The base Tesla Model S will now retail for $69,420, CEO Elon Musk said in a tweet Tuesday, announcing that the “gauntlet has been thrown down” in response to Lucid’s announcement that its 406-mile Air sedan would be priced to compete with Tesla’s larger sedan. It’s the sex number and the weed number. Get it?
Obvious juvenile sense of humor aside, the price also recalls a few of Musk’s prior Twitter shenanigans. In July, Tesla sold a set of “Short Shorts” with “S3XY” (a play on the word sexy, made up of Tesla’s model names) written in gold across the seat. Their price? $69.420. Why the extra digit? Those last three numbers referred to Musk’s 2018 tweet about taking Tesla private at $420 a share, which ended up in a massive fine from the SEC and Musk being removed as Tesla chairman. It’s funny though, right?
The gauntlet has been thrown down!
The prophecy will be fulfilled.
Model S price changes to $69,420 tonight!
— Elon Musk (@elonmusk)
October 14, 2020
Tesla shares closed 3.3% higher at $461.30 on Wednesday and were little changed after hours.
While Musk’s announcement may seem somewhat reactionary, the Model S had already experienced a fresh price cut. Tesla on Tuesday dropped the base price of its Model S “Long Range” sedan to $71,990 from $74,990 in the United States. It also trimmed the starting price of Model S by 3% in China. Earlier this month, the carmaker cut the starting price of its Chinese-made Model 3 sedans by about 8% to 249,900 yuan ($36,805).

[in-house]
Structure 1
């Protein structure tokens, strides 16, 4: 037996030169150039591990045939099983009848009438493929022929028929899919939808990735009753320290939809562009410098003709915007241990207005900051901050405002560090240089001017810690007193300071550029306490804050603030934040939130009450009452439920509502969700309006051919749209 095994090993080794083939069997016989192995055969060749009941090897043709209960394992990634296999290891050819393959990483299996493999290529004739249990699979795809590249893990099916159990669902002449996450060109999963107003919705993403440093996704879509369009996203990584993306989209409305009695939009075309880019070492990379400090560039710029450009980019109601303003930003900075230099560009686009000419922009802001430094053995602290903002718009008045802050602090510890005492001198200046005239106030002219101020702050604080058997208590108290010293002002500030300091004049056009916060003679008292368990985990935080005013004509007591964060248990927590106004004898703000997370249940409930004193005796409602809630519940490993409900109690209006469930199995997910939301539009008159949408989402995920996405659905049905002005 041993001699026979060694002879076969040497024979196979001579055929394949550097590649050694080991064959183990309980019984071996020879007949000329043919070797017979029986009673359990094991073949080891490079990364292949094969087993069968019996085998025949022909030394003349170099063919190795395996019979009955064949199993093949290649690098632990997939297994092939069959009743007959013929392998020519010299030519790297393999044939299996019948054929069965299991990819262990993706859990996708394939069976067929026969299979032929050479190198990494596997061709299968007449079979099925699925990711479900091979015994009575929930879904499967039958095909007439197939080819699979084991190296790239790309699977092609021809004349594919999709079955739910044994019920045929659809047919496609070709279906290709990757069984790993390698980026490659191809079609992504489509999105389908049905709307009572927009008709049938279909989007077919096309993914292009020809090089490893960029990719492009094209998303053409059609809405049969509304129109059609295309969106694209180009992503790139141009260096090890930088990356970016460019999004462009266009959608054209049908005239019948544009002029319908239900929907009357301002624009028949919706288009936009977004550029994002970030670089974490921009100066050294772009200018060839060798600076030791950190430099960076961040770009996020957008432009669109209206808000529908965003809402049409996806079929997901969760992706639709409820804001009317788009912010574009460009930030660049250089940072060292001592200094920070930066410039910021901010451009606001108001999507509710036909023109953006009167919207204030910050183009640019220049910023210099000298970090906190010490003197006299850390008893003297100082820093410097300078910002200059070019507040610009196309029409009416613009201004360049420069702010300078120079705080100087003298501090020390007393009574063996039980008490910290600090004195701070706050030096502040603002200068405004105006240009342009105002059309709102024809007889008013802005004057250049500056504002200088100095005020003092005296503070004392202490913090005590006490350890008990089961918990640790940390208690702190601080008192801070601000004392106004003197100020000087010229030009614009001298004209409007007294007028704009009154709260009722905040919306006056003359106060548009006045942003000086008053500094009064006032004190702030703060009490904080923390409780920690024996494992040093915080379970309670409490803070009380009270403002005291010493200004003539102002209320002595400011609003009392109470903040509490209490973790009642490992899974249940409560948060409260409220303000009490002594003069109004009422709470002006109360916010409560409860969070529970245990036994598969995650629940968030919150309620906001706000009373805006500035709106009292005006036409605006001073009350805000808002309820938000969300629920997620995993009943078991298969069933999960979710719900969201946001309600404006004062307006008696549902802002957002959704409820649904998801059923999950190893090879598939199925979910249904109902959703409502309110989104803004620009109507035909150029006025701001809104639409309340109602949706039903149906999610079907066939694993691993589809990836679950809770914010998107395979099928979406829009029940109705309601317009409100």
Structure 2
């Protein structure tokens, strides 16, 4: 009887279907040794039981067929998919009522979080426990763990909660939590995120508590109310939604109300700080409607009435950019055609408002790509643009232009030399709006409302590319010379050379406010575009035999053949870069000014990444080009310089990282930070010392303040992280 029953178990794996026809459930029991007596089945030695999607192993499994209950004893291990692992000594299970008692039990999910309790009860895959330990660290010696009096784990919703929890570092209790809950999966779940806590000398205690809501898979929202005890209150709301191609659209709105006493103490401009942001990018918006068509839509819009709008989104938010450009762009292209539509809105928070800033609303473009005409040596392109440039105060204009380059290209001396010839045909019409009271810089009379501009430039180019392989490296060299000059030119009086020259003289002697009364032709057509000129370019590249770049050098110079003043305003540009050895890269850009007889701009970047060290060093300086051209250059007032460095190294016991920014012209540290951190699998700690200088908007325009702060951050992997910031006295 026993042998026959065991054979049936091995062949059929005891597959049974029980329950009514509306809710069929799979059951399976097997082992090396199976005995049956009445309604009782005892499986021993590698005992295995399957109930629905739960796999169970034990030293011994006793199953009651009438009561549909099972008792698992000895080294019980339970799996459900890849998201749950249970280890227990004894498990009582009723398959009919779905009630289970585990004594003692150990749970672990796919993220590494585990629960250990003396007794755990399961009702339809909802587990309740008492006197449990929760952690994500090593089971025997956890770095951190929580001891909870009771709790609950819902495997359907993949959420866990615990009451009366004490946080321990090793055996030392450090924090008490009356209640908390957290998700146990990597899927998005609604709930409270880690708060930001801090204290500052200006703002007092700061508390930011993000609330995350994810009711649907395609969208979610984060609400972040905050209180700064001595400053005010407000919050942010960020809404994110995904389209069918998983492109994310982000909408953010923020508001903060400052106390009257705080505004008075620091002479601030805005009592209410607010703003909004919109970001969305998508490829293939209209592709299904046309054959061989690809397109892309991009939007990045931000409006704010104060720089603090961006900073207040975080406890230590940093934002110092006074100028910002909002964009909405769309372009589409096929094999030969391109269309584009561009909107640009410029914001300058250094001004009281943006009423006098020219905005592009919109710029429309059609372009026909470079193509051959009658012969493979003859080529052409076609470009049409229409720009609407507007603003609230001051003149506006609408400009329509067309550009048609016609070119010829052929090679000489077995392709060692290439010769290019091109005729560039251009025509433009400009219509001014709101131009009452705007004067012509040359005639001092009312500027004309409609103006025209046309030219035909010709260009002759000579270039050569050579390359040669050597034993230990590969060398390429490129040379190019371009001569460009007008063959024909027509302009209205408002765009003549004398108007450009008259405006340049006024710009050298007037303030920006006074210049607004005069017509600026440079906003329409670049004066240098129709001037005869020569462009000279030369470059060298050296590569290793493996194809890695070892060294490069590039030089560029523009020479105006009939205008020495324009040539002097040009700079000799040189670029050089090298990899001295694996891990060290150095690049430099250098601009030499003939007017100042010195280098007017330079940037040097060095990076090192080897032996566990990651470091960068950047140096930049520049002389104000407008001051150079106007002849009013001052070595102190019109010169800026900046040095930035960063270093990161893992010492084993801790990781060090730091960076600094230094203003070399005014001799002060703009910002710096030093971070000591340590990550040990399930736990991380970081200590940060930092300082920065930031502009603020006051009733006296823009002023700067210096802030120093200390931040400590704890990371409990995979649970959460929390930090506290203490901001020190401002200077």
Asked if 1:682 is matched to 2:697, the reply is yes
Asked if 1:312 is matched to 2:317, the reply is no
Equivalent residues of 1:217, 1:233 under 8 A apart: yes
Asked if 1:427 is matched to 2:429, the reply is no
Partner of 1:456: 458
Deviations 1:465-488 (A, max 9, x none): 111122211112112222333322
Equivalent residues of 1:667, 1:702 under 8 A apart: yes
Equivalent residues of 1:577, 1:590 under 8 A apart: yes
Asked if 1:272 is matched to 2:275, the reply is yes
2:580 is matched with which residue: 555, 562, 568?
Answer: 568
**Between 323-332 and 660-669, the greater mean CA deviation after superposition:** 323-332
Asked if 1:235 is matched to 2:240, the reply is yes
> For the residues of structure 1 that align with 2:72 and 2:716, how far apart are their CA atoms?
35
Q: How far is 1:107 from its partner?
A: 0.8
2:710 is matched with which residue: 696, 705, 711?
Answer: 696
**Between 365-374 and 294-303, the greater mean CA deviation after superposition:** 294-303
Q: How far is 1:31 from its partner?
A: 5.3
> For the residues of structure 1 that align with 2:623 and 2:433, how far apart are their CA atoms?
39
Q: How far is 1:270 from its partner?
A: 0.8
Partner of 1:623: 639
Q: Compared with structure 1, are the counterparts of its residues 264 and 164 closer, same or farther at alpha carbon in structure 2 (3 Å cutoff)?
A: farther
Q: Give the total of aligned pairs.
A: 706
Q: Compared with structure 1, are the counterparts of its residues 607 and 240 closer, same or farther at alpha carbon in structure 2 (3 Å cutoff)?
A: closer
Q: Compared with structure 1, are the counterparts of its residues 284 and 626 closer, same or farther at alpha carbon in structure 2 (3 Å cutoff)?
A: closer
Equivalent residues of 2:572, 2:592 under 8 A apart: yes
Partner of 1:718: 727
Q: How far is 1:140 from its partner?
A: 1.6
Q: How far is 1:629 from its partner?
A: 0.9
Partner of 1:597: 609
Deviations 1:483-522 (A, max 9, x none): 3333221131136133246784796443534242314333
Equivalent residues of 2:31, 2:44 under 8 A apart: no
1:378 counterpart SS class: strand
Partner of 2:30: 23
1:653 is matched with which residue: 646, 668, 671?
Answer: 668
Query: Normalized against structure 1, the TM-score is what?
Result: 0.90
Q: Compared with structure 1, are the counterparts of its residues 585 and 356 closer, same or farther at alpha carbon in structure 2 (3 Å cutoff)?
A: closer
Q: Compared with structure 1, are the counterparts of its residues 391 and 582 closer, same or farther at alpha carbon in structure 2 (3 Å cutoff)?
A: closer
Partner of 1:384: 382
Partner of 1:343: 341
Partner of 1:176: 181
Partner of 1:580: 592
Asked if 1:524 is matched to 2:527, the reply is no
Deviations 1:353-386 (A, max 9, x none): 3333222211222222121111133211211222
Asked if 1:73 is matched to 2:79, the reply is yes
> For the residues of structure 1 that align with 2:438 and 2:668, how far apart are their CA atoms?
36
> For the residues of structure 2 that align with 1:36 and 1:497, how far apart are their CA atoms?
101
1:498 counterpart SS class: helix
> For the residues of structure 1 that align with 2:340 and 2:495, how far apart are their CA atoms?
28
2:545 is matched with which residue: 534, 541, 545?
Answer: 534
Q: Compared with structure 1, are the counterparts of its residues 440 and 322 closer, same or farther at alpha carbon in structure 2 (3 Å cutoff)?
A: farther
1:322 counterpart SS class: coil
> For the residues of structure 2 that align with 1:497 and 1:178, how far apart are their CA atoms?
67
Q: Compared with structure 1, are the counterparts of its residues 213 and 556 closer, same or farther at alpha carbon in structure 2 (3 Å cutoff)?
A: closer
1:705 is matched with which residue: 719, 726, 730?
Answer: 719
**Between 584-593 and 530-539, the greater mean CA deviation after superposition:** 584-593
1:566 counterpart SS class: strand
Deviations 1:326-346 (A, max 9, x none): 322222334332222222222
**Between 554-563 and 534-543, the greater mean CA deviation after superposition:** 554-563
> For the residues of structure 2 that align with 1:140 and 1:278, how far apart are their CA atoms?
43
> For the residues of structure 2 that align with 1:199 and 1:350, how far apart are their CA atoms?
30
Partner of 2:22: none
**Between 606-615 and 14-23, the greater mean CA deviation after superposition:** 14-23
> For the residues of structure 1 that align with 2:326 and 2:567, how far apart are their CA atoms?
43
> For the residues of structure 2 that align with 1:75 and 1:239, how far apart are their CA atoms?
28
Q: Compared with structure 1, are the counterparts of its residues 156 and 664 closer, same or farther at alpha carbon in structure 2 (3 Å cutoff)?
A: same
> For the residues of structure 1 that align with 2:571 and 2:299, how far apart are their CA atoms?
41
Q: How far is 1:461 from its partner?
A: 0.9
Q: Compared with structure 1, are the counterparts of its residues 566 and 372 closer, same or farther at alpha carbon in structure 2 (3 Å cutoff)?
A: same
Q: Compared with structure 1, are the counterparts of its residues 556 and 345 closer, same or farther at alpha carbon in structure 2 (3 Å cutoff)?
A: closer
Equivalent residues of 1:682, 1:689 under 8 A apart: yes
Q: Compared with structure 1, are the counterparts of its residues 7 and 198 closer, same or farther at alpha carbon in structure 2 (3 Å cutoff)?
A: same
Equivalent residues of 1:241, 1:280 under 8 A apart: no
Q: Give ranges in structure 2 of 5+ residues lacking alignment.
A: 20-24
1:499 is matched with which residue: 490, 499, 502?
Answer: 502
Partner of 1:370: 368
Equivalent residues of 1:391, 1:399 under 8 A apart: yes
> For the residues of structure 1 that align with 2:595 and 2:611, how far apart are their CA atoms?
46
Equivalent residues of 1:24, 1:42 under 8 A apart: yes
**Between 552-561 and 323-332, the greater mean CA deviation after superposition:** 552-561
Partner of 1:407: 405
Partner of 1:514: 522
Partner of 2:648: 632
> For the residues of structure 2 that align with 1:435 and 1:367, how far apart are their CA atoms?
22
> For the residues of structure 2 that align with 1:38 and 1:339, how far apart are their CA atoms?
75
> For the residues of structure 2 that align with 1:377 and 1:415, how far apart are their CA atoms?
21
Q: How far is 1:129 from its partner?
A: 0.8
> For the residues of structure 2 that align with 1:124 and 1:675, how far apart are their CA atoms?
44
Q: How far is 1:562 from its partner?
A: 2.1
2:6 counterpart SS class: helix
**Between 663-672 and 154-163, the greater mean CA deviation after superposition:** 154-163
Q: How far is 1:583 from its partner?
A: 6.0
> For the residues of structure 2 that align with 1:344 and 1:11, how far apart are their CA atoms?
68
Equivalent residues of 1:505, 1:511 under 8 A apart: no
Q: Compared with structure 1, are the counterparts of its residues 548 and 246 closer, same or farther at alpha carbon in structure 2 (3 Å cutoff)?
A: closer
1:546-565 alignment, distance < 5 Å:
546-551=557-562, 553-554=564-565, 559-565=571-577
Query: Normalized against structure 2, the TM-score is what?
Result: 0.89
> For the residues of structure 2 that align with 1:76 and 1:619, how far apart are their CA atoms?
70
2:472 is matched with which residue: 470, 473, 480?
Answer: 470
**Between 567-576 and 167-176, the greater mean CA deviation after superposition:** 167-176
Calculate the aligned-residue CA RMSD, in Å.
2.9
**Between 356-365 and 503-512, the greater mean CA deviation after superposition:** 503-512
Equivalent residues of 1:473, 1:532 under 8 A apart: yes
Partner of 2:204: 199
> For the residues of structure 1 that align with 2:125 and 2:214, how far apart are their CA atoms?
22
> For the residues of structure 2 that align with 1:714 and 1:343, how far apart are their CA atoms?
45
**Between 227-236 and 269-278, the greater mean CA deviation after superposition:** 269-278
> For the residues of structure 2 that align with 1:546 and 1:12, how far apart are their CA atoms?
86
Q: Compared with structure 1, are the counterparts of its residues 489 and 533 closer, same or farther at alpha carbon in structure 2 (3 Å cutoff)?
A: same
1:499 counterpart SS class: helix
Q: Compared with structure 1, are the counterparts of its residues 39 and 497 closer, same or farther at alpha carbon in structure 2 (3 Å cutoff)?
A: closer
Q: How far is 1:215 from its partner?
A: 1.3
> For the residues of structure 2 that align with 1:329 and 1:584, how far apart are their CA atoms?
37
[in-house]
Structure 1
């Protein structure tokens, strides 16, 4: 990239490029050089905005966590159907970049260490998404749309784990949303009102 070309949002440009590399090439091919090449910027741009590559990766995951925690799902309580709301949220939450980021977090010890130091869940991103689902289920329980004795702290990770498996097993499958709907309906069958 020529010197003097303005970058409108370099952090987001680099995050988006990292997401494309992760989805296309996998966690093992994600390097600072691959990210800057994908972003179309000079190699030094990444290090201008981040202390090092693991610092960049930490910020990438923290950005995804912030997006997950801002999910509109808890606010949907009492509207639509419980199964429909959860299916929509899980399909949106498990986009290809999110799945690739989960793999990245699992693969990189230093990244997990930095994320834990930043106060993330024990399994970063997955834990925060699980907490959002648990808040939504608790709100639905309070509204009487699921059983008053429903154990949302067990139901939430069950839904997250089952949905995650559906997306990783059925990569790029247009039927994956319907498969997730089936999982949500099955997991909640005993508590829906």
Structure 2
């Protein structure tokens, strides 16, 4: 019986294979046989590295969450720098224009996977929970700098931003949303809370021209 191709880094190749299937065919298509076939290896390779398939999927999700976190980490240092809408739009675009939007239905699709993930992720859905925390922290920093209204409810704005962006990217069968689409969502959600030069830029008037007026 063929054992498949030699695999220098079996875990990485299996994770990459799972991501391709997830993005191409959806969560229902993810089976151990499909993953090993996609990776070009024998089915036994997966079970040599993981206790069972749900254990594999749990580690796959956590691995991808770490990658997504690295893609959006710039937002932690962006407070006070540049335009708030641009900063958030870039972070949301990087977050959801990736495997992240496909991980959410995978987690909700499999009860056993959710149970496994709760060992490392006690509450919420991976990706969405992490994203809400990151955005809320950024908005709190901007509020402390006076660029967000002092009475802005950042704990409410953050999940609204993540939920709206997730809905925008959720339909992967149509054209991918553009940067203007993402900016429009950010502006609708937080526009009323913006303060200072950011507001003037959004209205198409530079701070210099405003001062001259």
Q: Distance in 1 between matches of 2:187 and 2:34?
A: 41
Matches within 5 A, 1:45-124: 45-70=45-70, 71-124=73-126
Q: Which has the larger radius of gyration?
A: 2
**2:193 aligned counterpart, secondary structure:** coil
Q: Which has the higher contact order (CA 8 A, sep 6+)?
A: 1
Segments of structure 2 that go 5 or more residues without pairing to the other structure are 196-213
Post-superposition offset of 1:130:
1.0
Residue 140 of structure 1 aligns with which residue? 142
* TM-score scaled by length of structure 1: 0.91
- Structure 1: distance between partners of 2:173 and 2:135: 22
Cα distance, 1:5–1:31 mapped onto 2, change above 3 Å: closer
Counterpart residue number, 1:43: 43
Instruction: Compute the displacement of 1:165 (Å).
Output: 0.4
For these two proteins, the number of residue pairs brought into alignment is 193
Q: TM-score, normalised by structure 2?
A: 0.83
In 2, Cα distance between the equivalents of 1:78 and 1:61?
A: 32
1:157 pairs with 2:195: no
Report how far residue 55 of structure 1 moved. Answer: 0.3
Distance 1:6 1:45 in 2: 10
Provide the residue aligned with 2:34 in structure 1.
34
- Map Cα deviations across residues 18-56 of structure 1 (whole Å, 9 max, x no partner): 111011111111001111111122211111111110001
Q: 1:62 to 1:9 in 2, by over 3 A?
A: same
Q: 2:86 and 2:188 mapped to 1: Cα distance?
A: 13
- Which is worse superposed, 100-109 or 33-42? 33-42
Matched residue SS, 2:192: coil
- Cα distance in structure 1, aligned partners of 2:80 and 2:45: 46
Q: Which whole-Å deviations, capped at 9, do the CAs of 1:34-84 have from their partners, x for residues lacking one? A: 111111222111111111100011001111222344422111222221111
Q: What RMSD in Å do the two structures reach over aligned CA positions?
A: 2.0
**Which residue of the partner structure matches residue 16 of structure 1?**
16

And it’s not just Lucid. The price cuts also come as competition in the electric vehicle market — long dominated by Tesla — heats up, with several carmakers launching new electric vehicles next year.
Tesla’s Model S was introduced in 2012, but in recent years the car has faced competition from the company’s own less expensive, mass-market Model 3 sedan, launched in 2017, which currently starts at $37,990 in the U.S. The Model S makes up only around 5% of Tesla’s unit volume, according to a Credit Suisse analyst note on Wednesday.
The $71,990 list price was still live on Tesla’s consumer website as of early Wednesday evening; $69,420 would be a 7.4% cut in base price from the previous $74,990, which is great for new customers — but not so great for Model S resale value.
Material from Reuters was used in this report.